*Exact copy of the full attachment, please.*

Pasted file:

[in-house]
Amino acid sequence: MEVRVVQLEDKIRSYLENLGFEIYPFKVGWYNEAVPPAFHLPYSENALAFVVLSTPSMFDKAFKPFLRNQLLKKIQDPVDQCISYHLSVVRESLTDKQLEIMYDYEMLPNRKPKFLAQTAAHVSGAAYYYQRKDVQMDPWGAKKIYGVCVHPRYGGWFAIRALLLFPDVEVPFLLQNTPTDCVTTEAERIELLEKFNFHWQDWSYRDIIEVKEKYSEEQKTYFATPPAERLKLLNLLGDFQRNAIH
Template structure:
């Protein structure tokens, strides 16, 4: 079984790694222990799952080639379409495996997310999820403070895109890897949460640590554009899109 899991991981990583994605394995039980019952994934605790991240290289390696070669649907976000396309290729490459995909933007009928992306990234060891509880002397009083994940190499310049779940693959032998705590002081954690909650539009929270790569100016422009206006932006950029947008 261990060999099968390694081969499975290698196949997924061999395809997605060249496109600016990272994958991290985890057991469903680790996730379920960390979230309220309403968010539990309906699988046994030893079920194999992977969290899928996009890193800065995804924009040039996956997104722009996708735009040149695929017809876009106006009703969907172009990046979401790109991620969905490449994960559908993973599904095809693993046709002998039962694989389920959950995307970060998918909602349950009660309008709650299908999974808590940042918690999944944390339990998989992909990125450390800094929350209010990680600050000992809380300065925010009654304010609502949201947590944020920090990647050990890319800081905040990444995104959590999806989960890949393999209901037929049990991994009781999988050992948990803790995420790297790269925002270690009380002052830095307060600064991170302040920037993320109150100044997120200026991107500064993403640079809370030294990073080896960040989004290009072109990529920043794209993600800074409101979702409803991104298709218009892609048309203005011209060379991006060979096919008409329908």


[in-house]
Amino acid sequence: MEVRVVQLEDKIRSYLENLGFEIYPFKVGWYNEAVPPAFHLPYSENALAFVVLSTPSMFDKAFKPFLRNQLLKKIQDPVDQCISYHLSVVRESLTDKQLEIMYDYEMLPNRKPKFLAQTAAHVSGAAYYYQRKDVQMDPWGAKKIYGVCVHPRYGGWFAIRALLLFPDVEVPFLLQNTPTDCVTTEAERIELLEKFNFHWQDWSYRDIIEVKEKYSEEQKTYFATPPAERLKLLNLLGDFQRNAIH
Template structure:
């Protein structure tokens, strides 16, 4: 079984790694222990799952080639379409495996997310999820403070895109890897949460640590554009899109 899991991981990583994605394995039980019952994934605790991240290289390696070669649907976000396309290729490459995909933007009928992306990234060891509880002397009083994940190499310049779940693959032998705590002081954690909650539009929270790569100016422009206006932006950029947008 261990060999099968390694081969499975290698196949997924061999395809997605060249496109600016990272994958991290985890057991469903680790996730379920960390979230309220309403968010539990309906699988046994030893079920194999992977969290899928996009890193800065995804924009040039996956997104722009996708735009040149695929017809876009106006009703969907172009990046979401790109991620969905490449994960559908993973599904095809693993046709002998039962694989389920959950995307970060998918909602349950009660309008709650299908999974808590940042918690999944944390339990998989992909990125450390800094929350209010990680600050000992809380300065925010009654304010609502949201947590944020920090990647050990890319800081905040990444995104959590999806989960890949393999209901037929049990991994009781999988050992948990803790995420790297790269925002270690009380002052830095307060600064991170302040920037993320109150100044997120200026991107500064993403640079809370030294990073080896960040989004290009072109990529920043794209993600800074409101979702409803991104298709218009892609048309203005011209060379991006060979096919008409329908």